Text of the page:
Laurence M. Vance – January 30, 2019
According to the latest Morbidity and Mortality Weekly Report (MMWR) issued by the Centers for Disease Control and Prevention (CDC), there were 70,237 drug-overdose deaths in the United States in 2017. From 2013 to 2017, drug-overdose death rates increased in 35 states and the District of Columbia. Of those deaths, 47,600 (67.8 percent) involved opioids, “with increases across age groups, racial/ethnic groups, county urbanization levels, and in multiple states.” During the period from 1999 to 2017, drug overdoses resulted in 702,568 deaths, with 399,230 (56.8 percent) involving opioids (morphine, oxycodone, methadone, heroin, tramadol, fentanyl). The opioid overdose epidemic “continues to worsen and evolve because of the continuing increase in deaths involving synthetic opioids.”
Politicians, bureaucrats, scientists, physicians, and other health professionals will analyze the minutiae of these data and make policy recommendations on how best to tweak the war on drugs. But for us regular folks there is one important conclusion that should be drawn from this data: the war on drugs is a failure.
The war on drugs has failed to stop people from dying from drug use. It has failed to prevent drug abuse. It has failed to thwart drug overdoses. It has failed to reduce the demand for drugs. It has failed to help drug addicts get treatment. It has failed as a disincentive for trying drugs. It has failed to keep drugs out of the hands of teenagers. It has failed to end the violence associated with drug trafficking. And it has failed to stop the crimes that are committed by people desperate for money to buy drugs.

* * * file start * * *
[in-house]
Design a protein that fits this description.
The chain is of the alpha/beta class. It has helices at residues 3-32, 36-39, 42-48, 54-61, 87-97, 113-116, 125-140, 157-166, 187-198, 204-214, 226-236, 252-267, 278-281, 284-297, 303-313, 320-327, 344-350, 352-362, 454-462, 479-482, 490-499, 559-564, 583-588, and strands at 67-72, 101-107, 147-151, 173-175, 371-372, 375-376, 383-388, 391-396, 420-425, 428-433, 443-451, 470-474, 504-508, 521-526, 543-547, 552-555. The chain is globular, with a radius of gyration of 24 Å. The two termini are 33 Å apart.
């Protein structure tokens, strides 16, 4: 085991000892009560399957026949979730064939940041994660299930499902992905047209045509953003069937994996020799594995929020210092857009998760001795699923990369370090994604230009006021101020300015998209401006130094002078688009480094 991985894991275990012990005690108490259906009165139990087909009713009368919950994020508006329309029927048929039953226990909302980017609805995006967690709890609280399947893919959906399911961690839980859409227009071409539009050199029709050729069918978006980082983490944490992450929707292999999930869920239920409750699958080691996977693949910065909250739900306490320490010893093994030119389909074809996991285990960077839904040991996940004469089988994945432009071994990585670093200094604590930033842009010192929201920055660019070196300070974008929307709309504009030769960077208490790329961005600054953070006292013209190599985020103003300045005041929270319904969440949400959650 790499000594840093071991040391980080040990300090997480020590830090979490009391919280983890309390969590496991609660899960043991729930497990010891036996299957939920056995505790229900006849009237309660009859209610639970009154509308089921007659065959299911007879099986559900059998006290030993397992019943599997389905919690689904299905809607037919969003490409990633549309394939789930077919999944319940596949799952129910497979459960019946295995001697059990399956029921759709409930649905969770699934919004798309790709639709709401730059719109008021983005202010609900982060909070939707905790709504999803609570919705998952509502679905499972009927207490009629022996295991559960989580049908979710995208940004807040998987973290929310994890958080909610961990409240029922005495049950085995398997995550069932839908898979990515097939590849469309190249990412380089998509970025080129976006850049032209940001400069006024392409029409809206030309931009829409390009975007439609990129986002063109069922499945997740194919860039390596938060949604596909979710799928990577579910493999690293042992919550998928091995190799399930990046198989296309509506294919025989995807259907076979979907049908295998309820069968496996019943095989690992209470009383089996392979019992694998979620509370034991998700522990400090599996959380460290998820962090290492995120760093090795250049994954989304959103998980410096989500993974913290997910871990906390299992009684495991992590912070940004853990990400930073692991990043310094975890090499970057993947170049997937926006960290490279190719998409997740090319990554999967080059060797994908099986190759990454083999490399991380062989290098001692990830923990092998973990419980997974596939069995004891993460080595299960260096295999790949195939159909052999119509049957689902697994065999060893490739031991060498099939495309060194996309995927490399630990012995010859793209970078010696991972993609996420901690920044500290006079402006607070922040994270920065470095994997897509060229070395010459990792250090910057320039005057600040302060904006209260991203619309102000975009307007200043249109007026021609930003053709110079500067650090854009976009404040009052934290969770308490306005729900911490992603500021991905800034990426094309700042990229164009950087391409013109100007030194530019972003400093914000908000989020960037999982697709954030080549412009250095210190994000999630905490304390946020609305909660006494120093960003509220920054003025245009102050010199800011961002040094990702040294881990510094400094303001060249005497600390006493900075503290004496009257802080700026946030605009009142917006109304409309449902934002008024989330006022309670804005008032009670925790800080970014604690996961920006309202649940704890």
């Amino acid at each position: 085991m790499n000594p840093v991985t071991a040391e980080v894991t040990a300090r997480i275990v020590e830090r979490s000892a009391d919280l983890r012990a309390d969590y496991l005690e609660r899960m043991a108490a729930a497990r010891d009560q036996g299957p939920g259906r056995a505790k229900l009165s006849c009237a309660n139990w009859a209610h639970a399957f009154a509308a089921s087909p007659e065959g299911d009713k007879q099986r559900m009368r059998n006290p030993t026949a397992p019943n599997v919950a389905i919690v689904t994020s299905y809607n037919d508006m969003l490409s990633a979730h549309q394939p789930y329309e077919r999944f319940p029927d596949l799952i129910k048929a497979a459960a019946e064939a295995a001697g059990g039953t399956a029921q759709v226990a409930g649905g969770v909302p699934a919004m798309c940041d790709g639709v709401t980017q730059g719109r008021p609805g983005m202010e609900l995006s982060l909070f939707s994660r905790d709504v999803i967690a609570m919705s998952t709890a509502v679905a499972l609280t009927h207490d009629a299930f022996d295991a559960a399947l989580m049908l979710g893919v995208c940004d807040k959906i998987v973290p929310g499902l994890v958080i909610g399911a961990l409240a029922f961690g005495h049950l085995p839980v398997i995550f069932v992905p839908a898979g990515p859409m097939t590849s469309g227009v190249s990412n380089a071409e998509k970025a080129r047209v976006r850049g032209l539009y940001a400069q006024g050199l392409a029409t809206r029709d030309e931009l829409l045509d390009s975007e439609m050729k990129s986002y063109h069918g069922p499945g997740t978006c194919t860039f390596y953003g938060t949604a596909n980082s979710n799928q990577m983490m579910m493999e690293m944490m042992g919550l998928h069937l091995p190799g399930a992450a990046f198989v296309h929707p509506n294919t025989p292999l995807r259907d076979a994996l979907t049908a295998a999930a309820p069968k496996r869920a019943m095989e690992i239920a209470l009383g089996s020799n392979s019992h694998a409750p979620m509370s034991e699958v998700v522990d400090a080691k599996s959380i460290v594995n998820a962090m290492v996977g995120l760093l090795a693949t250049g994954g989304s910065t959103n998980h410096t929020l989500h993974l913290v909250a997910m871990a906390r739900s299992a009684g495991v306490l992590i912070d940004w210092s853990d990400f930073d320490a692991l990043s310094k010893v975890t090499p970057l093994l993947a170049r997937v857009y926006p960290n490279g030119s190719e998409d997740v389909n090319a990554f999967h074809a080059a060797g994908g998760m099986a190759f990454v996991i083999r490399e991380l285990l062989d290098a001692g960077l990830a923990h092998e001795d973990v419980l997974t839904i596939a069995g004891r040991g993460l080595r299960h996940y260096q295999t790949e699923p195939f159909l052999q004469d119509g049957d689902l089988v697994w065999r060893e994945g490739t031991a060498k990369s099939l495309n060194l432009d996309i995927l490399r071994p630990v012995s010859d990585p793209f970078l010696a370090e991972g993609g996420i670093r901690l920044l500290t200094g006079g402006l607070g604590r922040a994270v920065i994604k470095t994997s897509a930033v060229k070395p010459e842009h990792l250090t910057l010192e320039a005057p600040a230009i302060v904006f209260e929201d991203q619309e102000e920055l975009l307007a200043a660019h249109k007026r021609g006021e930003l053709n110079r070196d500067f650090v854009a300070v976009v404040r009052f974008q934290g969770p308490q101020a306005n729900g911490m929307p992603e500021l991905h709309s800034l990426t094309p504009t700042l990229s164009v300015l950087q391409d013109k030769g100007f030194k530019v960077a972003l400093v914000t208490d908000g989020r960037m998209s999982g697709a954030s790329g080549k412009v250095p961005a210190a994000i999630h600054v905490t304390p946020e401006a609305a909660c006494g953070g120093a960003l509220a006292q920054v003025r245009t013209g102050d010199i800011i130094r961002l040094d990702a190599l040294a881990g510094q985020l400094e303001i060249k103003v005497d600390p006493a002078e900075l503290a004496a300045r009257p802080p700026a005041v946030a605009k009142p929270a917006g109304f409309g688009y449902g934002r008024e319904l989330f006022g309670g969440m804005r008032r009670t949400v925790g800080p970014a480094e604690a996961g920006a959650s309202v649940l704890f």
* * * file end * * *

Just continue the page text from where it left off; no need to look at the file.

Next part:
But the war on drugs has also failed in other ways. It has failed to have a constitutional justification. It has failed to be a proper role of government. It has failed to be a necessary element of a free society. And it has failed to be cost effective.
The consequences of the war on drugs are all negative: infringement of personal freedom, corruption of law enforcement, militarization of the police, increased asset forfeiture, destruction of personal and financial privacy, a clogged judicial system, swollen prison populations, hindering of legitimate pain management, erosion of civil liberties, ruined lives, impeding the treatment of debilitating diseases, more intrusive government, mass incarcerations, criminal records for committing non-crimes, separation of families, violation of property rights, eradication of the Fourth Amendment, interference in the free market, and the spending of billions of taxpayer dollars with nothing to show for it.
So why does the war on drugs continue to have virtually unanimous bipartisan sponsorship in Congress; to have the equal support of both major political parties; to never be an issue in any congressional election; to be backed by the majority of Americans; to be advocated by the majority of law-enforcement personnel; to be cheered by most religious people; to be espoused by most parents with young children; to be championed by liberals, conservatives, and populists alike; and to be defended even by those who say they favor “the Constitution,” “the free market,” “individual freedom,” “civil liberties,” or “limited government”?
But what about all the states where marijuana is legal?
There are thirty-three states that have legalized the medical use of marijuana, ten states that have legalized the recreational use of marijuana, and at least twenty states and more than fifty localities in a dozen states that have either fully or partially decriminalized the possession of small amounts of marijuana.